December 1, 2010
This is the day that children can begin opening up the little doors of their Advent calendars. In case you never had an Advent calendar as a child, you should do yourself a favor and get one. They resemble a giant greeting card decorated with a traditional scene of Christmas nativity, winter woodland, or quaint European village. The really secular ones have Santa flanked by reindeer and elves. Every day in December, the child gets to open the tiny "door" and see a special picture or Bible verse to help them wait for Christmas while learning a bit more about the meaning of Christmas. Think of it as a kind of an Advent blog, only without the computer or smart phone.
My son, Sean, used to love the calendars as a little boy. He loved hearing the stories of shepherds, angels, and the long trip Mary took to talk to her cousin Elizabeth. Of course, part of the reason he loved the calendars was that I discovered the kind with a small chocolate candy hidden behind the tiny door. I would tell him the story for the day while he enjoyed the chocolate.
Why not put your feet up and enjoy a little chocolate or a cookie right now? Or just take 3 deep breaths to relax and begin.
Prayer: "God of Jerusalem and all other places, thank you for being our God in this place and this time. Open my heart to hear deeply your word for me today."
Isaiah 54:1-10 (New International Version, ©2010)
The Future Glory of Zion
1 "Sing, barren woman,
you who never bore a child;
burst into song, shout for joy,
you who were never in labor;
because more are the children of the desolate woman
than of her who has a husband,"
says the LORD.
2 "Enlarge the place of your tent,
stretch your tent curtains wide,
do not hold back;
lengthen your cords,
strengthen your stakes.
3 For you will spread out to the right and to the left;
your descendants will dispossess nations
and settle in their desolate cities.
4 "Do not be afraid; you will not be put to shame.
Do not fear disgrace; you will not be humiliated.
You will forget the shame of your youth
and remember no more the reproach of your widowhood.
5 For your Maker is your husband—
the LORD Almighty is his name—
the Holy One of Israel is your Redeemer;
he is called the God of all the earth.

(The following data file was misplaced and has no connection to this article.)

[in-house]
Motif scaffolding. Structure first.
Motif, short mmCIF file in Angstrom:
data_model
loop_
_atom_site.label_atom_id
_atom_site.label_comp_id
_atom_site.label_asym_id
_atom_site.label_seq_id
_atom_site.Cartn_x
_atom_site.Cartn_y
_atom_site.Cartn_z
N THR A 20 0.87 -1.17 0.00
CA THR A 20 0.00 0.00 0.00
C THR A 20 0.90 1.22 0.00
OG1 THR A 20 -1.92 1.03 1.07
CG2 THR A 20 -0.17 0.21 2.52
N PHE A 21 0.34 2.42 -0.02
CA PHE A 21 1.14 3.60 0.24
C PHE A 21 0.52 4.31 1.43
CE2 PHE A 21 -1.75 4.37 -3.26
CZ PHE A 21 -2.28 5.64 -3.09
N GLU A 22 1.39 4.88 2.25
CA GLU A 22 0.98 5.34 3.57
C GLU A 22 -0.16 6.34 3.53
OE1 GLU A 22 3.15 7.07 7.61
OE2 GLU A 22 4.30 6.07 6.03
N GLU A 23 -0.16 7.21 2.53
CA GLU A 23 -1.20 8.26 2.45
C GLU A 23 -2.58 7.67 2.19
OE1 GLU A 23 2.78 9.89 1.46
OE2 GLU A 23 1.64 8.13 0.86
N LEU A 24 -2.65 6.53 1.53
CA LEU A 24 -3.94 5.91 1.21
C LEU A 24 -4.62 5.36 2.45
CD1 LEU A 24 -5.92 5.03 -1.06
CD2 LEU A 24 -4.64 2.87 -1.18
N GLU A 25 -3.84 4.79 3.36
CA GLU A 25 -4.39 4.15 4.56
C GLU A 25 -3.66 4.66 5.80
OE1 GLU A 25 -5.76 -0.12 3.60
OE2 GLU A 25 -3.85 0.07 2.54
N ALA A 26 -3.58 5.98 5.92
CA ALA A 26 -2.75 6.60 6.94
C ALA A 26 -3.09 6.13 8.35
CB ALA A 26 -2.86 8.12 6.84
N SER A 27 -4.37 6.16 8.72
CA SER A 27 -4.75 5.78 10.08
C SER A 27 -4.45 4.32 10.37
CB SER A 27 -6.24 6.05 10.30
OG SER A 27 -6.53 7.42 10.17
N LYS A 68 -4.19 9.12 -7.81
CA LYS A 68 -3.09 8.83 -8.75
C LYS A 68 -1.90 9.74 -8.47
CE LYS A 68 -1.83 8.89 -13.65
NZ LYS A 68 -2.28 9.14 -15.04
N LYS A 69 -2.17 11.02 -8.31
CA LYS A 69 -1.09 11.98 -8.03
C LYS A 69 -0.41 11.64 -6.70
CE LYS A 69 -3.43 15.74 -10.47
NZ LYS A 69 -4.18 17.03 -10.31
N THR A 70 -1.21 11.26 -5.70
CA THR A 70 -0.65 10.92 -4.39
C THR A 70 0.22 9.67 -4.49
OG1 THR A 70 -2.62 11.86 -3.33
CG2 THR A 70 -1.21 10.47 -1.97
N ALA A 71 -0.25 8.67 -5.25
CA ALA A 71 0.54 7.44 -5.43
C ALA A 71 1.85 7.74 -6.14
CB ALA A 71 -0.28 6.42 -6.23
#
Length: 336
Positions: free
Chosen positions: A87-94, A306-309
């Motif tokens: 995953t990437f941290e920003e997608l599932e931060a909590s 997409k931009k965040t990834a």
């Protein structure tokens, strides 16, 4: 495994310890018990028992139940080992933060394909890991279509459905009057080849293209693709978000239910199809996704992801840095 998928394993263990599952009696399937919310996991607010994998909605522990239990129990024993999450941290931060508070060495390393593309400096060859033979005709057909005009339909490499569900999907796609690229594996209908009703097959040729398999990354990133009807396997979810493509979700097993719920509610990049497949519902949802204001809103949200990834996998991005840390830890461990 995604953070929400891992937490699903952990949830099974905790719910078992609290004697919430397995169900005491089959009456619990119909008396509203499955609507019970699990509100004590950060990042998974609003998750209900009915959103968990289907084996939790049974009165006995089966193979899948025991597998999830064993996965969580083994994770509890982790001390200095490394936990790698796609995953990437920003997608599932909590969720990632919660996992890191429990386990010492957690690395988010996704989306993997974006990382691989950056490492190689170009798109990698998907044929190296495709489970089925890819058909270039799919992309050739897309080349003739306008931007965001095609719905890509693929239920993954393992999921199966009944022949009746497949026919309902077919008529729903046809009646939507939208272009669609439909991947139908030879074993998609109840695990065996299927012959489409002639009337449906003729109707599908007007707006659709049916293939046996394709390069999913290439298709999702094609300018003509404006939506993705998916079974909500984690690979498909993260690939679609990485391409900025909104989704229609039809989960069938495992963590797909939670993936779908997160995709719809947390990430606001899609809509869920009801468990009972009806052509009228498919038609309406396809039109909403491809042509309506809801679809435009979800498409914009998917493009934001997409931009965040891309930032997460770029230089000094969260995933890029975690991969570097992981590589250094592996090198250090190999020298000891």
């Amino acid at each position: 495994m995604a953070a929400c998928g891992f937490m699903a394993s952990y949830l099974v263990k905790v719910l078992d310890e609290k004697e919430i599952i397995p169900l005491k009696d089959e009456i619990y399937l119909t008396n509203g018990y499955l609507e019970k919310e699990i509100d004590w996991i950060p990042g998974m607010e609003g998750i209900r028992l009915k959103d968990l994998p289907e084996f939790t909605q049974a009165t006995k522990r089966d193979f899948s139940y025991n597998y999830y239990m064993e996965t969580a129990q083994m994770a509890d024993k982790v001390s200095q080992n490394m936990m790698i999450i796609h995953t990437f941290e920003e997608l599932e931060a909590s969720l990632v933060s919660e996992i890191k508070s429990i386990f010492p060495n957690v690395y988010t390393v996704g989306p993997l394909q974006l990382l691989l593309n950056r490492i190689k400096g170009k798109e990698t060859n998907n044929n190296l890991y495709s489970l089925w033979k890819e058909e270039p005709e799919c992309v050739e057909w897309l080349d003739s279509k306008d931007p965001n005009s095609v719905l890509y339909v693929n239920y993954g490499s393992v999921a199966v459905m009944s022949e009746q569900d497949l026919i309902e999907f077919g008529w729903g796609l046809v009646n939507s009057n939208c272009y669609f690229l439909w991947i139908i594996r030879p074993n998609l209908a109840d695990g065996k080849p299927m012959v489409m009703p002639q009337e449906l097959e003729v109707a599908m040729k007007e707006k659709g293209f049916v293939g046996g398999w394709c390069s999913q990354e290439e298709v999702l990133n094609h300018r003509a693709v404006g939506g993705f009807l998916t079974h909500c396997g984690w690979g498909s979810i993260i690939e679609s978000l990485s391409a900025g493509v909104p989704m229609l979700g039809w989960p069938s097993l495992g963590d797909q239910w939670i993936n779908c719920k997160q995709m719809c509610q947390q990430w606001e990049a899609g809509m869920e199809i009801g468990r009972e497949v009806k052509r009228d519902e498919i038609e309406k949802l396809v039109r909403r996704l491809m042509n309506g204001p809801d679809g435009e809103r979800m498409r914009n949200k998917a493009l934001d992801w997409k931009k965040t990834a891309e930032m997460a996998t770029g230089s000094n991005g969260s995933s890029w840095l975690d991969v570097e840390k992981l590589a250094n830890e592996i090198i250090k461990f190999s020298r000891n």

6 The LORD will call you back
as if you were a wife deserted and distressed in spirit—
a wife who married young,
only to be rejected," says your God.
7 "For a brief moment I abandoned you,
but with deep compassion I will bring you back.
8 In a surge of anger
I hid my face from you for a moment,
but with everlasting kindness
I will have compassion on you,"
says the LORD your Redeemer.
9 "To me this is like the days of Noah,
when I swore that the waters of Noah would never again cover the earth.
So now I have sworn not to be angry with you,
never to rebuke you again.
10 Though the mountains be shaken
and the hills be removed,
yet my unfailing love for you will not be shaken
nor my covenant of peace be removed,"
says the LORD, who has compassion on you.
The other day when we read from Isaiah, the chapter we looked at was from his early warnings to those in power. That was signature Isaiah, that was. But here in Chapter 54 the prophet nears the end of his pronouncements, and it is time to reassure the people of Judah that the Lord has promised peace to them, that God will remember God's covenant and in time bring about all good things. If you miss this part of Isaiah and focus only on his warnings, you risk missing one of God's best promises.
God makes great claims, you see, but it's appropriate. God can turn history on its head and culture inside out. We can take it in (barely) but through Isaiah he gave us about 750 years to accustom ourselves to the idea of the complete remaking of the world in Jesus Christ.
It could be argued that we ought to have chocolate-filled calendars for every month of the year, not just December, because the magnitude of living in relation with God is so great that we humans find it staggering to take in more than a kernel of its truth at a time. It's a constant struggle to wrap our minds around what God intends for the world. We could do a little bit each day, as we are able. But, oh, wait. We have a way to do just that.
That's what prayer is for. To enter into an intimate place every day and, like the people of Israel heard from Isaiah, be reassured that on God's watch, peace will reign. God will be in charge in the end, as at the beginning. The radical promise is there, and we can count on it.
So, don't tell Sean I told you this, but when we were out shopping last week, he made me buy him another one of those chocolate-filled Advent calendars. So what if he's 19. If it takes opening one little door at a time to take it all in, fine. I'm glad Christmas is only 24 days away instead of 700-odd years.
Closing Prayer: "God of Prophets, Days, and Years, we give thanks for waiting and listening to you. Help me this day to remember your promises to your people and the peace you bring. Help me to bring peace today to those with whom I interact, so that through me a little door is opened to you. Amen."
Grace and Peace!
The rest of today's readings are: